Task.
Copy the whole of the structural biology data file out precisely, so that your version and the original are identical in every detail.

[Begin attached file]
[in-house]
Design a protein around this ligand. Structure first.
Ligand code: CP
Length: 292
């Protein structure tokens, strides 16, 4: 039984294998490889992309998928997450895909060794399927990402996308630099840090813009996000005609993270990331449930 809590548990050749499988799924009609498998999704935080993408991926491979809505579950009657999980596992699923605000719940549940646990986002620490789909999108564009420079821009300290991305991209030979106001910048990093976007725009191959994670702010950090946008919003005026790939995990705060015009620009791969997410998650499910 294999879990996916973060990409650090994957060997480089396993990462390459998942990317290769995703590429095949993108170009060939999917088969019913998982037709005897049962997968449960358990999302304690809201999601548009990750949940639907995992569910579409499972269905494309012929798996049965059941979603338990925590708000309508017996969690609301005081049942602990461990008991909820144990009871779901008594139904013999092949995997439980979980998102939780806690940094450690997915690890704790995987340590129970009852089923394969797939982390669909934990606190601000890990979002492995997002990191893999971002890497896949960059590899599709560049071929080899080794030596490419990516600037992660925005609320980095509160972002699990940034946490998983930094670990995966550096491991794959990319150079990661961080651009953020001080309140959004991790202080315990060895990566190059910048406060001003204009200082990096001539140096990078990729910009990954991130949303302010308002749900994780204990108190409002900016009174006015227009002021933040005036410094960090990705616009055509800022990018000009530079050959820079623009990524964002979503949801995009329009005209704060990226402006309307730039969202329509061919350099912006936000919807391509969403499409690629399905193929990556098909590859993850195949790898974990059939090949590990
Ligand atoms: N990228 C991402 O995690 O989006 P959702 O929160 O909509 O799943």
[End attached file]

[in-house]
Design a protein around this ligand. Structure first.
Ligand code: CP
Length: 292
């Protein structure tokens, strides 16, 4: 039984294998490889992309998928997450895909060794399927990402996308630099840090813009996000005609993270990331449930 809590548990050749499988799924009609498998999704935080993408991926491979809505579950009657999980596992699923605000719940549940646990986002620490789909999108564009420079821009300290991305991209030979106001910048990093976007725009191959994670702010950090946008919003005026790939995990705060015009620009791969997410998650499910 294999879990996916973060990409650090994957060997480089396993990462390459998942990317290769995703590429095949993108170009060939999917088969019913998982037709005897049962997968449960358990999302304690809201999601548009990750949940639907995992569910579409499972269905494309012929798996049965059941979603338990925590708000309508017996969690609301005081049942602990461990008991909820144990009871779901008594139904013999092949995997439980979980998102939780806690940094450690997915690890704790995987340590129970009852089923394969797939982390669909934990606190601000890990979002492995997002990191893999971002890497896949960059590899599709560049071929080899080794030596490419990516600037992660925005609320980095509160972002699990940034946490998983930094670990995966550096491991794959990319150079990661961080651009953020001080309140959004991790202080315990060895990566190059910048406060001003204009200082990096001539140096990078990729910009990954991130949303302010308002749900994780204990108190409002900016009174006015227009002021933040005036410094960090990705616009055509800022990018000009530079050959820079623009990524964002979503949801995009329009005209704060990226402006309307730039969202329509061919350099912006936000919807391509969403499409690629399905193929990556098909590859993850195949790898974990059939090949590990
Ligand atoms: N990228 C991402 O995690 O989006 P959702 O929160 O909509 O799943």